The location of ancient Cercinitis is securely identified today on the north-western coast of the Crimean peninsula within the western part of the modern town of Eupatoria, a former well-known Soviet children’s resort. Most of the remains of the ancient city lie underneath modern buildings. It occupied a square of approximately 5,5-6 ha. on the extremity of the cape on the west edge of the Eupatoria Bay. The ancient harbour was situated to the north-east part of the city on the position of the modern sea-port.
In written sources the city name appears in two variants. Greek authors called it "Καρκινίτις".1 Roman writers referred to "Carcine" or "Καρκίνα".2 In local epigraphic sources it was named "Κερκινίτις".3 The latter variant reflected a change in the dialect from Ionic to Doric, which took place at the end of the 4th c. BC., obviously due to the considerable influx of Dorian settlers from the Tauric Chersonesos.4 The name "Καρκινίτις" might be associated either with the natural abundance of crabs in the Eupatoria Bay or with the shape of the ancient city harbor.5 Some attempts to prove that the city was named after a local tribe or its founder seem to have been unsubstantiated.
1.3 Date of foundation
Ancient sources do not mention the possible metropolis of ancient Cercinitis or the date of its establishment. Thus, the only way to trace the initial date of its foundation is the investigation of archaeological evidence. Archaeological materials from the lowest layers of the city uncovered so far suggest that there had been a Greek settlement already in the third quarter of the 6th c. BC. To this date belong early finds of imported pottery consisted of painted Ionian kylices and fragments of the so-called Clazomenian amphorae decorated with floral motifs.6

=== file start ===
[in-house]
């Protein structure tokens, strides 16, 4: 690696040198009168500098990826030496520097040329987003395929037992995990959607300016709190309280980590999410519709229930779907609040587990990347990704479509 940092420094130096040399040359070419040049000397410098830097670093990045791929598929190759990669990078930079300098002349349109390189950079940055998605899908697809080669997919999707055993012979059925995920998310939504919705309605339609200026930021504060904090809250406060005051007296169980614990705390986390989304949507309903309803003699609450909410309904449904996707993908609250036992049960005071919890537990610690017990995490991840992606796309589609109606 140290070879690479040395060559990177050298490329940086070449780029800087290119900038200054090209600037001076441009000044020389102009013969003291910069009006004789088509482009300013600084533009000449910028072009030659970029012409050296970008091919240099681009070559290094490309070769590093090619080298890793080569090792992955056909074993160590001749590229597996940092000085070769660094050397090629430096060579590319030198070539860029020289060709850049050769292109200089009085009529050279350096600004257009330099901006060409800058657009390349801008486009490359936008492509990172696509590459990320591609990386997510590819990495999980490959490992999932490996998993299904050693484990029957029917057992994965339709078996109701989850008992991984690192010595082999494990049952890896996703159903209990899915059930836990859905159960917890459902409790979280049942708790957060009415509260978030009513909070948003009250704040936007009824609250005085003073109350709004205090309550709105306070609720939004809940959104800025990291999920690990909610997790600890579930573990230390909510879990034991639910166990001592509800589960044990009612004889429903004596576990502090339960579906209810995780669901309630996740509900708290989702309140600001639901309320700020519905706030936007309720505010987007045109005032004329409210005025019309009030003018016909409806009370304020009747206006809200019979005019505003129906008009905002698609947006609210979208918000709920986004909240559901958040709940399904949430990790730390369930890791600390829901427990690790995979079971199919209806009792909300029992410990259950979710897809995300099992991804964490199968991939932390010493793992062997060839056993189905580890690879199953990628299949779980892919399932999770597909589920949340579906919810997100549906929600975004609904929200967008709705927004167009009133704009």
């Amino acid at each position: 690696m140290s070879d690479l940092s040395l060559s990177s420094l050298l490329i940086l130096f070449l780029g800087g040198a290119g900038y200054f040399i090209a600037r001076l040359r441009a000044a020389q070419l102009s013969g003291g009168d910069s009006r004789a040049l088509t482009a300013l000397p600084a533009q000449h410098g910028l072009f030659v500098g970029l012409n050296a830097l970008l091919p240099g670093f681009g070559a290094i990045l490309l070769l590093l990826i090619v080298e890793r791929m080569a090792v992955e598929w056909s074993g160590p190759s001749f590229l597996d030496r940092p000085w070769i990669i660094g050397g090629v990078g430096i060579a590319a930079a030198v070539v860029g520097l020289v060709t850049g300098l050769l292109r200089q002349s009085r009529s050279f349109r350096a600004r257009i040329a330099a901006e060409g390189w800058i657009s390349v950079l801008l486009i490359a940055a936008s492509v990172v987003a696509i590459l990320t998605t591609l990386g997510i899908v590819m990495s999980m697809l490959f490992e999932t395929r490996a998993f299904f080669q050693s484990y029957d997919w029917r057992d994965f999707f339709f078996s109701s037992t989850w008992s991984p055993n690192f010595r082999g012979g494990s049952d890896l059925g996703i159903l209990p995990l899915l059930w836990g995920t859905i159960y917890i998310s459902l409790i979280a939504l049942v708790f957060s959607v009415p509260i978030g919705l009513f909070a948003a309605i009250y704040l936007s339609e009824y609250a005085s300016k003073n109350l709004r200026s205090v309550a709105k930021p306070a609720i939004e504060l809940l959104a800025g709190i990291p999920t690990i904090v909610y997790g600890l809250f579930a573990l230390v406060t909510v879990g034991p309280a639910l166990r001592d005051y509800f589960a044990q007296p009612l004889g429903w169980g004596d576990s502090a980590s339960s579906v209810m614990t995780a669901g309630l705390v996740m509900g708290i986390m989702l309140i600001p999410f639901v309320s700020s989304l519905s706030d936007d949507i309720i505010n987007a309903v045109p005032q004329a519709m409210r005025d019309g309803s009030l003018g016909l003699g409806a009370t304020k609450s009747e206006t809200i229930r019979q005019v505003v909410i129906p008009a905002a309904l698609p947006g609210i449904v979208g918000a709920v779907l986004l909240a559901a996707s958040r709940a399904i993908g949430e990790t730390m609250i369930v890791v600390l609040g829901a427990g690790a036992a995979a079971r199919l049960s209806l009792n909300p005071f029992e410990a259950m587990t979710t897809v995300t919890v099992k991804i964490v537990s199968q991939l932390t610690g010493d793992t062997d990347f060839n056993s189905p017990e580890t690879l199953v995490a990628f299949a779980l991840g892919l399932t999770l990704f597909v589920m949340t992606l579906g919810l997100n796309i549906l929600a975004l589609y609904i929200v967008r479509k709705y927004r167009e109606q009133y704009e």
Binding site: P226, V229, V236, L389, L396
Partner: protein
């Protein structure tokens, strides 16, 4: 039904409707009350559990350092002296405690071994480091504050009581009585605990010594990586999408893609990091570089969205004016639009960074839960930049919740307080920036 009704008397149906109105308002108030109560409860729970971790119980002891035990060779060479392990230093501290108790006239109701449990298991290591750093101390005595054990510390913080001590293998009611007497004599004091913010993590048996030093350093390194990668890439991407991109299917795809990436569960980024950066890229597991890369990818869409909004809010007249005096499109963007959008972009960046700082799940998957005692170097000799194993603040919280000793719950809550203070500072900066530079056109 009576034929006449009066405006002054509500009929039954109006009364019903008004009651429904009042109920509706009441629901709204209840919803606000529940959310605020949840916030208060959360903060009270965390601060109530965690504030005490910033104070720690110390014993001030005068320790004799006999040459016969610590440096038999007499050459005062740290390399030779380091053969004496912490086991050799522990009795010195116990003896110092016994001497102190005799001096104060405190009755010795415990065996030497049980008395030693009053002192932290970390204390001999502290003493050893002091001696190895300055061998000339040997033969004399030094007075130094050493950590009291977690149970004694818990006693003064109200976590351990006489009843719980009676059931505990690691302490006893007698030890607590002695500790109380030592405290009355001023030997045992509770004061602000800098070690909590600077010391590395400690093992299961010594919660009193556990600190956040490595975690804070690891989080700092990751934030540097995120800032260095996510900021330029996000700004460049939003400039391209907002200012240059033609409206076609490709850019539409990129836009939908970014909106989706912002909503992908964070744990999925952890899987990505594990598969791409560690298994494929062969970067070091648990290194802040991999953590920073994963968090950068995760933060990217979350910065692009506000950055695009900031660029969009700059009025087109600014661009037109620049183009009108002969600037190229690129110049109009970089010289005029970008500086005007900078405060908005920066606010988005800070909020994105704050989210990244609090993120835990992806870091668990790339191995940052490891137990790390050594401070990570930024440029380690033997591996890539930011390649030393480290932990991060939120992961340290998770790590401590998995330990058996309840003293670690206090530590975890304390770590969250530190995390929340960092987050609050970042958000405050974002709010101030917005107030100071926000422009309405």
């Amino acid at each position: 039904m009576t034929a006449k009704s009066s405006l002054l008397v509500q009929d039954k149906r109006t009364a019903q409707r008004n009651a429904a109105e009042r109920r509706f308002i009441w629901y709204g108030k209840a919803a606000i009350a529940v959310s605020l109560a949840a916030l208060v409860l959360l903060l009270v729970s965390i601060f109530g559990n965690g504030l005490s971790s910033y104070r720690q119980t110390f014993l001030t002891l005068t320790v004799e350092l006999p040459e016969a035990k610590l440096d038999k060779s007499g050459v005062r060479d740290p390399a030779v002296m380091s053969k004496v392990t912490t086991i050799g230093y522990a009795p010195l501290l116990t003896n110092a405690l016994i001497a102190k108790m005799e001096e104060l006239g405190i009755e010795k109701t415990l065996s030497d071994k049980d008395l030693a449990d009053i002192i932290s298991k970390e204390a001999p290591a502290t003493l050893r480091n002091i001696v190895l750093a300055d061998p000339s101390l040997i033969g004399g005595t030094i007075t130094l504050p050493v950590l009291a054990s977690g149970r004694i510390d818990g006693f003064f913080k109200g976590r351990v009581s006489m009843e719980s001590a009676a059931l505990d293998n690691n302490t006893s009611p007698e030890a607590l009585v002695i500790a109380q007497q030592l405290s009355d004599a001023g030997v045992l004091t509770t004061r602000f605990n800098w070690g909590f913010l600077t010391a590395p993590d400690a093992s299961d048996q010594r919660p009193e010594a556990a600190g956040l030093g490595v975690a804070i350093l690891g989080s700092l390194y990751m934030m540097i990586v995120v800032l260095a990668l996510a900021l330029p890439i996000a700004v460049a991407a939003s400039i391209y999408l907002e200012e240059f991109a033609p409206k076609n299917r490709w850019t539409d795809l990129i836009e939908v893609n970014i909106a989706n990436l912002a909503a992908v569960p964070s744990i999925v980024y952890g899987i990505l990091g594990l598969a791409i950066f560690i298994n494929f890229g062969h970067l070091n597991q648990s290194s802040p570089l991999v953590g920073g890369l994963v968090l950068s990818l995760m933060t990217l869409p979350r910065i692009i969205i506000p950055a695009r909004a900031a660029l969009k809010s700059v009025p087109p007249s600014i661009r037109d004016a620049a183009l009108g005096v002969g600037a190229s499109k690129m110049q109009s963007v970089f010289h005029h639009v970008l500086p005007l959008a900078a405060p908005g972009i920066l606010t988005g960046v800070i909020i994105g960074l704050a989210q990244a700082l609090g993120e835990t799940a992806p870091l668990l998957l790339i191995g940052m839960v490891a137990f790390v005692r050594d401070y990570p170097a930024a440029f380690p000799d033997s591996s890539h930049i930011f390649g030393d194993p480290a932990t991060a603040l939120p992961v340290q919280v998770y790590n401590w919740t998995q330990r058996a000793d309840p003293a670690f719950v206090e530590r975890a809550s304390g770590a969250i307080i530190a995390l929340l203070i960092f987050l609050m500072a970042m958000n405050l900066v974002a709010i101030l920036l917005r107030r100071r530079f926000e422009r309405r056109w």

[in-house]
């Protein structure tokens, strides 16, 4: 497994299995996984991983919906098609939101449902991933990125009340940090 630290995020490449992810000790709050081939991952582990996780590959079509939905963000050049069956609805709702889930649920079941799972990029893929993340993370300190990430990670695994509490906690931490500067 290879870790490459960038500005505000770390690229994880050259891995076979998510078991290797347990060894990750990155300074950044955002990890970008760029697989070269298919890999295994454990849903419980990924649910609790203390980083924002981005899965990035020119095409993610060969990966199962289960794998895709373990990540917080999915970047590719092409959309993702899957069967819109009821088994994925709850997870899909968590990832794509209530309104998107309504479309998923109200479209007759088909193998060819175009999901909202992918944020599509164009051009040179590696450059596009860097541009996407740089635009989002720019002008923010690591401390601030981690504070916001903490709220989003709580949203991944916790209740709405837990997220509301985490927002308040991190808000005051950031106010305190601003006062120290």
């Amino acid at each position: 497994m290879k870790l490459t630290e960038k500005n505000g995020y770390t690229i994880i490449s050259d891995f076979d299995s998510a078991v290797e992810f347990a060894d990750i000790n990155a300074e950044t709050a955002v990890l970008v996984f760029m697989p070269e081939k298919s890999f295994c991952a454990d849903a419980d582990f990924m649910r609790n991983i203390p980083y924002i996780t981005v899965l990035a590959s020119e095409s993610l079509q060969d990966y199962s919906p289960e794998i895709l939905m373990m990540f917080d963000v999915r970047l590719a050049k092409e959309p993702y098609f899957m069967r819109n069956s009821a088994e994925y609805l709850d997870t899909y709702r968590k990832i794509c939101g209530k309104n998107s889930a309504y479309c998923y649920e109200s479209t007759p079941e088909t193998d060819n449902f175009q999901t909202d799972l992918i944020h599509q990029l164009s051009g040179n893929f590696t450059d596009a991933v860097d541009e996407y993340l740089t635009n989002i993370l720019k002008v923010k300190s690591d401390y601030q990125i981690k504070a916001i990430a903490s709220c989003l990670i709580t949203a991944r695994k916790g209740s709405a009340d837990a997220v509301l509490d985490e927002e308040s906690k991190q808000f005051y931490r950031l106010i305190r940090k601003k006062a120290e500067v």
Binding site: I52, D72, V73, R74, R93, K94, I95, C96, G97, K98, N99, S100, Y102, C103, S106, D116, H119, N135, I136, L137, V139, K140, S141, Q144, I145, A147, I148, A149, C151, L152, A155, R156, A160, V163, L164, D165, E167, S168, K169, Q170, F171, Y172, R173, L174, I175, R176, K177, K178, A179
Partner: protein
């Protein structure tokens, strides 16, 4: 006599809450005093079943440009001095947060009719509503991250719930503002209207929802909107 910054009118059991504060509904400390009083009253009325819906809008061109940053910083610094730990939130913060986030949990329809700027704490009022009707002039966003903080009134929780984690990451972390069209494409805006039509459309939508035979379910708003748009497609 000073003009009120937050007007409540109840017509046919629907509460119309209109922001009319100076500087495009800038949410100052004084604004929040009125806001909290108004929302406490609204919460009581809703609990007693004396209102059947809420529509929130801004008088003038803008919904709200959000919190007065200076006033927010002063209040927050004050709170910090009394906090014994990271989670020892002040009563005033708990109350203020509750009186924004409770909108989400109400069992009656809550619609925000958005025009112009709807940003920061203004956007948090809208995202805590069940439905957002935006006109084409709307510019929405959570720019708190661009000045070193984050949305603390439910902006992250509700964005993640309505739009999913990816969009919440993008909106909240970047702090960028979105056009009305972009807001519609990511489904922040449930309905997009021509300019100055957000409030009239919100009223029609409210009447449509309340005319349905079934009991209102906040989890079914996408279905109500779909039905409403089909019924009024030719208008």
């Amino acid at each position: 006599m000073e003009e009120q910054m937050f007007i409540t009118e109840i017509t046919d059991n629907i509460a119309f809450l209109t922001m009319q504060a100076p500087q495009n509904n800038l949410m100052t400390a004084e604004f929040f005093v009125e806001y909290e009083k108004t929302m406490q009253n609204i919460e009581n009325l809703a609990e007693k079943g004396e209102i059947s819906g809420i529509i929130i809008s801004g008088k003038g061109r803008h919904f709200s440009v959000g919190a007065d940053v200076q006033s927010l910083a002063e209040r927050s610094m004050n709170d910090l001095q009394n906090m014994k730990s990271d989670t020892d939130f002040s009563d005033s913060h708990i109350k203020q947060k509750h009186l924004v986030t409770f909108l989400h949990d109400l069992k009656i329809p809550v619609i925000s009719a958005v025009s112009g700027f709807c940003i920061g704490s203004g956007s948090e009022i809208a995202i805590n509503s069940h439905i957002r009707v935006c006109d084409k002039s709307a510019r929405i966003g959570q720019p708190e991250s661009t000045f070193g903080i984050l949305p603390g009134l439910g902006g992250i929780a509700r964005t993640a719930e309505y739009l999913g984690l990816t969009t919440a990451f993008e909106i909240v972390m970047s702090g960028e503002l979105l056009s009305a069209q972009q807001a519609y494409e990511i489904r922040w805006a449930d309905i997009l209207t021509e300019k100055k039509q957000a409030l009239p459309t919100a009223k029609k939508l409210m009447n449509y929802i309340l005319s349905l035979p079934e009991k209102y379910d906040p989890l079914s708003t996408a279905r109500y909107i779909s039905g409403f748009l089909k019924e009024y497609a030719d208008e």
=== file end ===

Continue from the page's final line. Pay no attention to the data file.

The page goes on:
1.4 Origin of initial settlers
For a long time there was no agreement among scholars regarding the character of the Greek population who founded Cercinitis. Α Dorian origin of the first settlers found some supporters among specialists.7 However, archaeological finds from early layers undoubtedly testify that Cercinitis from the very beginning was an Ionian colony. This statement is further reinforced by the use of Ionian script on graffiti, by archaeological finds related to the worship of Ephesian Artemis and by the use of Ionian architectural elements on buildings. In conclusion, it should be comprehended that the suggested date concerning the foundation of the city could be connected with the mass migration of population from the Greek poleis, caused by the Persian invasion in Ionia in the third quarter of the 6th c. BC .8
The 6th and 5th c. BC history of the polis is quite obscure as there is no reference in the written testimonies. However, it can be stated that Cercinitis might have been member of the Athenian (Delian) League as its name is included in the Athenian Tribute list of 425 BC.9 Moreover, the reconstruction of the city-wall, dated in the end of the 5th c. BC is indicative of some military threat at that time. A graffito from Cercinitis threw light on the nature of this threat, as the payment of tribute to the Scythians is mentioned.10